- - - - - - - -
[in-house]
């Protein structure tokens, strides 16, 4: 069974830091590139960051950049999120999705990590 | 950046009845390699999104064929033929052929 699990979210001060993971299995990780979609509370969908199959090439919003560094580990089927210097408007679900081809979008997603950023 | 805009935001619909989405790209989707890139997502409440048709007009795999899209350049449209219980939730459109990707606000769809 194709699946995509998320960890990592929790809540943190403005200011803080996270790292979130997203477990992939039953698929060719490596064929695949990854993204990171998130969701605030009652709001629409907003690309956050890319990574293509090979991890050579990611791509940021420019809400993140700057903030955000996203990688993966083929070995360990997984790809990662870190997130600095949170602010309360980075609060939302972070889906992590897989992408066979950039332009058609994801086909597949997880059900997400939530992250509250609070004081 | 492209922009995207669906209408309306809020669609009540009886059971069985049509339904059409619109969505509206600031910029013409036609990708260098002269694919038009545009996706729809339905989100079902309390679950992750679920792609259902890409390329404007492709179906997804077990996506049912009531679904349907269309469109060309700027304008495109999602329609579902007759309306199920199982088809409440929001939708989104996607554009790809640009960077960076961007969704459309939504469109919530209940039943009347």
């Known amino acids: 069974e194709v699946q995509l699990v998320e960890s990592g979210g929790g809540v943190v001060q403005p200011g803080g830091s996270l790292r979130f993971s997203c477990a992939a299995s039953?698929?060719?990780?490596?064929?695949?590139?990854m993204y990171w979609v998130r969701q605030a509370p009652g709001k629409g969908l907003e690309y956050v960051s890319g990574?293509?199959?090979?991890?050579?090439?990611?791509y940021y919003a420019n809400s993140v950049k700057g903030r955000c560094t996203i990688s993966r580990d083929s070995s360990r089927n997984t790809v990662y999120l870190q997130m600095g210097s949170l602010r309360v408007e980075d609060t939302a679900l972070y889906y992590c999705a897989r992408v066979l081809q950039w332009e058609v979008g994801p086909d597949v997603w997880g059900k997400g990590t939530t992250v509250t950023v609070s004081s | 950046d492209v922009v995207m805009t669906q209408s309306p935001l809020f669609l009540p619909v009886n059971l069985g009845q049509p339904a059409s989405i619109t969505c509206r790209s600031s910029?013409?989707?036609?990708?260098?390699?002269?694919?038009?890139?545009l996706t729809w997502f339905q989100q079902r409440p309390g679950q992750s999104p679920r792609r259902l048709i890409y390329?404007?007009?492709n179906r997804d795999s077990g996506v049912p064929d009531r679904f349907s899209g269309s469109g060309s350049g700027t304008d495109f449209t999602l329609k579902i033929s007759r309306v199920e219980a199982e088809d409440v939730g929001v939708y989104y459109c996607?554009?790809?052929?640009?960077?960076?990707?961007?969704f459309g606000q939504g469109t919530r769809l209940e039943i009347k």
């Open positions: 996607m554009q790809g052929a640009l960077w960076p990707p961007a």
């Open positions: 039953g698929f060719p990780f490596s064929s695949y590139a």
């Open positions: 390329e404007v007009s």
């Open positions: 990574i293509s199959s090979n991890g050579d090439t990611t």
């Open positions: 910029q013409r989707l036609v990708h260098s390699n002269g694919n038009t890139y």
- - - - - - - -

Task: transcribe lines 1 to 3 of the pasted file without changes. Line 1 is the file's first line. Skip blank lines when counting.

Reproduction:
[in-house]
């Protein structure tokens, strides 16, 4: 069974830091590139960051950049999120999705990590 | 950046009845390699999104064929033929052929 699990979210001060993971299995990780979609509370969908199959090439919003560094580990089927210097408007679900081809979008997603950023 | 805009935001619909989405790209989707890139997502409440048709007009795999899209350049449209219980939730459109990707606000769809 194709699946995509998320960890990592929790809540943190403005200011803080996270790292979130997203477990992939039953698929060719490596064929695949990854993204990171998130969701605030009652709001629409907003690309956050890319990574293509090979991890050579990611791509940021420019809400993140700057903030955000996203990688993966083929070995360990997984790809990662870190997130600095949170602010309360980075609060939302972070889906992590897989992408066979950039332009058609994801086909597949997880059900997400939530992250509250609070004081 | 492209922009995207669906209408309306809020669609009540009886059971069985049509339904059409619109969505509206600031910029013409036609990708260098002269694919038009545009996706729809339905989100079902309390679950992750679920792609259902890409390329404007492709179906997804077990996506049912009531679904349907269309469109060309700027304008495109999602329609579902007759309306199920199982088809409440929001939708989104996607554009790809640009960077960076961007969704459309939504469109919530209940039943009347």
């Known amino acids: 069974e194709v699946q995509l699990v998320e960890s990592g979210g929790g809540v943190v001060q403005p200011g803080g830091s996270l790292r979130f993971s997203c477990a992939a299995s039953?698929?060719?990780?490596?064929?695949?590139?990854m993204y990171w979609v998130r969701q605030a509370p009652g709001k629409g969908l907003e690309y956050v960051s890319g990574?293509?199959?090979?991890?050579?090439?990611?791509y940021y919003a420019n809400s993140v950049k700057g903030r955000c560094t996203i990688s993966r580990d083929s070995s360990r089927n997984t790809v990662y999120l870190q997130m600095g210097s949170l602010r309360v408007e980075d609060t939302a679900l972070y889906y992590c999705a897989r992408v066979l081809q950039w332009e058609v979008g994801p086909d597949v997603w997880g059900k997400g990590t939530t992250v509250t950023v609070s004081s | 950046d492209v922009v995207m805009t669906q209408s309306p935001l809020f669609l009540p619909v009886n059971l069985g009845q049509p339904a059409s989405i619109t969505c509206r790209s600031s910029?013409?989707?036609?990708?260098?390699?002269?694919?038009?890139?545009l996706t729809w997502f339905q989100q079902r409440p309390g679950q992750s999104p679920r792609r259902l048709i890409y390329?404007?007009?492709n179906r997804d795999s077990g996506v049912p064929d009531r679904f349907s899209g269309s469109g060309s350049g700027t304008d495109f449209t999602l329609k579902i033929s007759r309306v199920e219980a199982e088809d409440v939730g929001v939708y989104y459109c996607?554009?790809?052929?640009?960077?960076?990707?961007?969704f459309g606000q939504g469109t919530r769809l209940e039943i009347k």